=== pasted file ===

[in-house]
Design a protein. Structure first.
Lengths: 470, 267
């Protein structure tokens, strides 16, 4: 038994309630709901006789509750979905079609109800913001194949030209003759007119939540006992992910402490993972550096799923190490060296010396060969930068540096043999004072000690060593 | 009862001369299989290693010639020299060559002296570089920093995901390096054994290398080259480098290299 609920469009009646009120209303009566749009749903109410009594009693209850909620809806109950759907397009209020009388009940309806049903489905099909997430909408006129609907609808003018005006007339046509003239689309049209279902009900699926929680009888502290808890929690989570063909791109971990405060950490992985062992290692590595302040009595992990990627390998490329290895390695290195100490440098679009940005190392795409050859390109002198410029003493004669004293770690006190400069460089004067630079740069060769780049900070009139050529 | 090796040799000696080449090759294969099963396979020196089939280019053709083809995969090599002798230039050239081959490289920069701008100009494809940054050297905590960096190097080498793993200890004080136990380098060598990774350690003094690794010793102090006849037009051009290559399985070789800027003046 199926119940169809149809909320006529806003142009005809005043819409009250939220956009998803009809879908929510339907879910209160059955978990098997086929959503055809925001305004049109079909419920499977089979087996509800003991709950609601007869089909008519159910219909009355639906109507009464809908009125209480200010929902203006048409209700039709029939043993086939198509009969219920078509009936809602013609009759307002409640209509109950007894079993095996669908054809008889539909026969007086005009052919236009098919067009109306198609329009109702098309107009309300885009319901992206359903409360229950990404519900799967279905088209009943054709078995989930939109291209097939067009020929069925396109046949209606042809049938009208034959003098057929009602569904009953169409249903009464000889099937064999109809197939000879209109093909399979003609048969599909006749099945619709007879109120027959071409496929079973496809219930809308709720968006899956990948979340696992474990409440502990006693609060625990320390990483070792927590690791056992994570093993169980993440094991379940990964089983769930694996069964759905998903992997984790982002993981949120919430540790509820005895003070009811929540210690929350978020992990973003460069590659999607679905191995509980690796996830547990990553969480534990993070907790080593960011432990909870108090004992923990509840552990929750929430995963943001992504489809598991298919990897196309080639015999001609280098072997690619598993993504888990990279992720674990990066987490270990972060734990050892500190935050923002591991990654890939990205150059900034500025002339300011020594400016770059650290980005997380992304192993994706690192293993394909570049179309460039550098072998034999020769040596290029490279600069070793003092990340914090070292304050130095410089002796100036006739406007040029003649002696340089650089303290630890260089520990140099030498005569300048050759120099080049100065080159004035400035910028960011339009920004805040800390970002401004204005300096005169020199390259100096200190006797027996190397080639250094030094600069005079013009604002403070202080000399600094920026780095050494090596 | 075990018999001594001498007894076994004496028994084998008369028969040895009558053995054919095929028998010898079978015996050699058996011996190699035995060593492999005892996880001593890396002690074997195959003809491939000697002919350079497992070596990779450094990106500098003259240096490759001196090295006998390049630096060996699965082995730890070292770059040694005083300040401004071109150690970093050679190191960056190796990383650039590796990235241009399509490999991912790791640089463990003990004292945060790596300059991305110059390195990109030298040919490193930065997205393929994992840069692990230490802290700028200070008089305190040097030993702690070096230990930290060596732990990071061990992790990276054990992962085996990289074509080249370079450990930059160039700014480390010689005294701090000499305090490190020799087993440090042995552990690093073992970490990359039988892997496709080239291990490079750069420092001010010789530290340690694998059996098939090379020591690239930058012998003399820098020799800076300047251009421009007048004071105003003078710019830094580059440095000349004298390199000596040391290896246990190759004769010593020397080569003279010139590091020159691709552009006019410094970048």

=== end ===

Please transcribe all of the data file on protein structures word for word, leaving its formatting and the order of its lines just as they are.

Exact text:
[in-house]
Design a protein. Structure first.
Lengths: 470, 267
């Protein structure tokens, strides 16, 4: 038994309630709901006789509750979905079609109800913001194949030209003759007119939540006992992910402490993972550096799923190490060296010396060969930068540096043999004072000690060593 | 009862001369299989290693010639020299060559002296570089920093995901390096054994290398080259480098290299 609920469009009646009120209303009566749009749903109410009594009693209850909620809806109950759907397009209020009388009940309806049903489905099909997430909408006129609907609808003018005006007339046509003239689309049209279902009900699926929680009888502290808890929690989570063909791109971990405060950490992985062992290692590595302040009595992990990627390998490329290895390695290195100490440098679009940005190392795409050859390109002198410029003493004669004293770690006190400069460089004067630079740069060769780049900070009139050529 | 090796040799000696080449090759294969099963396979020196089939280019053709083809995969090599002798230039050239081959490289920069701008100009494809940054050297905590960096190097080498793993200890004080136990380098060598990774350690003094690794010793102090006849037009051009290559399985070789800027003046 199926119940169809149809909320006529806003142009005809005043819409009250939220956009998803009809879908929510339907879910209160059955978990098997086929959503055809925001305004049109079909419920499977089979087996509800003991709950609601007869089909008519159910219909009355639906109507009464809908009125209480200010929902203006048409209700039709029939043993086939198509009969219920078509009936809602013609009759307002409640209509109950007894079993095996669908054809008889539909026969007086005009052919236009098919067009109306198609329009109702098309107009309300885009319901992206359903409360229950990404519900799967279905088209009943054709078995989930939109291209097939067009020929069925396109046949209606042809049938009208034959003098057929009602569904009953169409249903009464000889099937064999109809197939000879209109093909399979003609048969599909006749099945619709007879109120027959071409496929079973496809219930809308709720968006899956990948979340696992474990409440502990006693609060625990320390990483070792927590690791056992994570093993169980993440094991379940990964089983769930694996069964759905998903992997984790982002993981949120919430540790509820005895003070009811929540210690929350978020992990973003460069590659999607679905191995509980690796996830547990990553969480534990993070907790080593960011432990909870108090004992923990509840552990929750929430995963943001992504489809598991298919990897196309080639015999001609280098072997690619598993993504888990990279992720674990990066987490270990972060734990050892500190935050923002591991990654890939990205150059900034500025002339300011020594400016770059650290980005997380992304192993994706690192293993394909570049179309460039550098072998034999020769040596290029490279600069070793003092990340914090070292304050130095410089002796100036006739406007040029003649002696340089650089303290630890260089520990140099030498005569300048050759120099080049100065080159004035400035910028960011339009920004805040800390970002401004204005300096005169020199390259100096200190006797027996190397080639250094030094600069005079013009604002403070202080000399600094920026780095050494090596 | 075990018999001594001498007894076994004496028994084998008369028969040895009558053995054919095929028998010898079978015996050699058996011996190699035995060593492999005892996880001593890396002690074997195959003809491939000697002919350079497992070596990779450094990106500098003259240096490759001196090295006998390049630096060996699965082995730890070292770059040694005083300040401004071109150690970093050679190191960056190796990383650039590796990235241009399509490999991912790791640089463990003990004292945060790596300059991305110059390195990109030298040919490193930065997205393929994992840069692990230490802290700028200070008089305190040097030993702690070096230990930290060596732990990071061990992790990276054990992962085996990289074509080249370079450990930059160039700014480390010689005294701090000499305090490190020799087993440090042995552990690093073992970490990359039988892997496709080239291990490079750069420092001010010789530290340690694998059996098939090379020591690239930058012998003399820098020799800076300047251009421009007048004071105003003078710019830094580059440095000349004298390199000596040391290896246990190759004769010593020397080569003279010139590091020159691709552009006019410094970048």